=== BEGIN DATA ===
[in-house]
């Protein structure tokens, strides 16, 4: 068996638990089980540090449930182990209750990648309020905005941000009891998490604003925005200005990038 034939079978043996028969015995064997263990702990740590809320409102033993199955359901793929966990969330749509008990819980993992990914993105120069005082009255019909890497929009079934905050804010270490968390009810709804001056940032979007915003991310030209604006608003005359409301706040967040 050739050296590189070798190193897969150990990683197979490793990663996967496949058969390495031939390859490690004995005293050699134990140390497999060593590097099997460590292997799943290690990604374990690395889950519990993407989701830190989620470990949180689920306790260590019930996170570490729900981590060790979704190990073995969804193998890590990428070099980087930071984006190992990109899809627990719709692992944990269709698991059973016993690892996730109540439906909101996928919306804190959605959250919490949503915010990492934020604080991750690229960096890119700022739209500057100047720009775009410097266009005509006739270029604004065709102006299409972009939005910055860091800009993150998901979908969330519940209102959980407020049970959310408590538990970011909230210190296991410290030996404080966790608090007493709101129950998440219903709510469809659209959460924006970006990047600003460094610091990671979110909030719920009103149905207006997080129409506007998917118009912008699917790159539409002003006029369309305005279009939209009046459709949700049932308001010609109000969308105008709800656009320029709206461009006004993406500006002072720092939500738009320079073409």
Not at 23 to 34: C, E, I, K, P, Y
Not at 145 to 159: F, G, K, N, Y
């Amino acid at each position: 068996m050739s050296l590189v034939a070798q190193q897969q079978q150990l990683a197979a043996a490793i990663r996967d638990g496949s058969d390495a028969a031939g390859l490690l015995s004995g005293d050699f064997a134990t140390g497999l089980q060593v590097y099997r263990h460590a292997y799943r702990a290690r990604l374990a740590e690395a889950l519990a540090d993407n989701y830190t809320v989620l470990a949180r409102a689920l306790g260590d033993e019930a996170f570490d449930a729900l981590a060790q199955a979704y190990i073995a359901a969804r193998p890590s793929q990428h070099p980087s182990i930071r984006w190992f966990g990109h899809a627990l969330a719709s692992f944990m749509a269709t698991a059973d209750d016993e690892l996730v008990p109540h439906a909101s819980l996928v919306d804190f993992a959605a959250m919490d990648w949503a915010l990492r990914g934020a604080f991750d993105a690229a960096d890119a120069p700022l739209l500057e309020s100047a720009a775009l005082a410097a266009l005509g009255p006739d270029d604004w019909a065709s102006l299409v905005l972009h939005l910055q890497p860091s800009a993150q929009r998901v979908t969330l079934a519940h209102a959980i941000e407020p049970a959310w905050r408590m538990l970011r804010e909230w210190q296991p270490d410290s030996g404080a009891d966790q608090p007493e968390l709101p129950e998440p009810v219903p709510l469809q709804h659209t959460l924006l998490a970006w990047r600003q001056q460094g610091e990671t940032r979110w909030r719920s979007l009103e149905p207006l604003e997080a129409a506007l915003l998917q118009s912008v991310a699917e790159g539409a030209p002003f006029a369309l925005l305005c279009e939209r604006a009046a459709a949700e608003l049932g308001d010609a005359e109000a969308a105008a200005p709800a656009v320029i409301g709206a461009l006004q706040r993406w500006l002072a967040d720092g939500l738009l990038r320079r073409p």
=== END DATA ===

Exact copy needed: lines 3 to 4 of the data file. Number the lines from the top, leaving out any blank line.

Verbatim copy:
Not at 23 to 34: C, E, I, K, P, Y
Not at 145 to 159: F, G, K, N, Y